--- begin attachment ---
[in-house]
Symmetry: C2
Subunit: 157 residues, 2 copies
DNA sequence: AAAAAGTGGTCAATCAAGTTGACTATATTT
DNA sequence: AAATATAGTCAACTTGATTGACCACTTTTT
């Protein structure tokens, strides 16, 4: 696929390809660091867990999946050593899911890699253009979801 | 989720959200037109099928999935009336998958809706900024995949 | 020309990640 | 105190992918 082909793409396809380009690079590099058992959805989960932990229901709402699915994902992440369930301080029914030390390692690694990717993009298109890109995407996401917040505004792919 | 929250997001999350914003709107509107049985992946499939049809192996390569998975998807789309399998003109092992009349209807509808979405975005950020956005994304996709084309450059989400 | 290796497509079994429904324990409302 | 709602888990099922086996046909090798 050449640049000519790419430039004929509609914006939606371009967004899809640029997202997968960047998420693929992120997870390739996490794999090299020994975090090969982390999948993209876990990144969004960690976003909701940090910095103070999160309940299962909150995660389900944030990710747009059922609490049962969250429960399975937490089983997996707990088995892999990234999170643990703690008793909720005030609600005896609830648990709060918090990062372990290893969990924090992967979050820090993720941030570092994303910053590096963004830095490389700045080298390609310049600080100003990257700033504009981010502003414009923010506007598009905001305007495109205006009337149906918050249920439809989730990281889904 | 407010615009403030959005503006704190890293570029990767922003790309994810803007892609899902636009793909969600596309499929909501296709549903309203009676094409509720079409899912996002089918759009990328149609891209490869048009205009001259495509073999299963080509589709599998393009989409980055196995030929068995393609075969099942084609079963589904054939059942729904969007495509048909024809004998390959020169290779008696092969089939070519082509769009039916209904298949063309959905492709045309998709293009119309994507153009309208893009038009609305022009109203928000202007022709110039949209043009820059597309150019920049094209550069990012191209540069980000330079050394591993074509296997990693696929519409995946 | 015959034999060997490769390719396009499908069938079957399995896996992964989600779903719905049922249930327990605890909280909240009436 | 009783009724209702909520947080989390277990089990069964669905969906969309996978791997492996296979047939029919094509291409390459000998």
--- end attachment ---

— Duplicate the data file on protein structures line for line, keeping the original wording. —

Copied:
[in-house]
Symmetry: C2
Subunit: 157 residues, 2 copies
DNA sequence: AAAAAGTGGTCAATCAAGTTGACTATATTT
DNA sequence: AAATATAGTCAACTTGATTGACCACTTTTT
């Protein structure tokens, strides 16, 4: 696929390809660091867990999946050593899911890699253009979801 | 989720959200037109099928999935009336998958809706900024995949 | 020309990640 | 105190992918 082909793409396809380009690079590099058992959805989960932990229901709402699915994902992440369930301080029914030390390692690694990717993009298109890109995407996401917040505004792919 | 929250997001999350914003709107509107049985992946499939049809192996390569998975998807789309399998003109092992009349209807509808979405975005950020956005994304996709084309450059989400 | 290796497509079994429904324990409302 | 709602888990099922086996046909090798 050449640049000519790419430039004929509609914006939606371009967004899809640029997202997968960047998420693929992120997870390739996490794999090299020994975090090969982390999948993209876990990144969004960690976003909701940090910095103070999160309940299962909150995660389900944030990710747009059922609490049962969250429960399975937490089983997996707990088995892999990234999170643990703690008793909720005030609600005896609830648990709060918090990062372990290893969990924090992967979050820090993720941030570092994303910053590096963004830095490389700045080298390609310049600080100003990257700033504009981010502003414009923010506007598009905001305007495109205006009337149906918050249920439809989730990281889904 | 407010615009403030959005503006704190890293570029990767922003790309994810803007892609899902636009793909969600596309499929909501296709549903309203009676094409509720079409899912996002089918759009990328149609891209490869048009205009001259495509073999299963080509589709599998393009989409980055196995030929068995393609075969099942084609079963589904054939059942729904969007495509048909024809004998390959020169290779008696092969089939070519082509769009039916209904298949063309959905492709045309998709293009119309994507153009309208893009038009609305022009109203928000202007022709110039949209043009820059597309150019920049094209550069990012191209540069980000330079050394591993074509296997990693696929519409995946 | 015959034999060997490769390719396009499908069938079957399995896996992964989600779903719905049922249930327990605890909280909240009436 | 009783009724209702909520947080989390277990089990069964669905969906969309996978791997492996296979047939029919094509291409390459000998």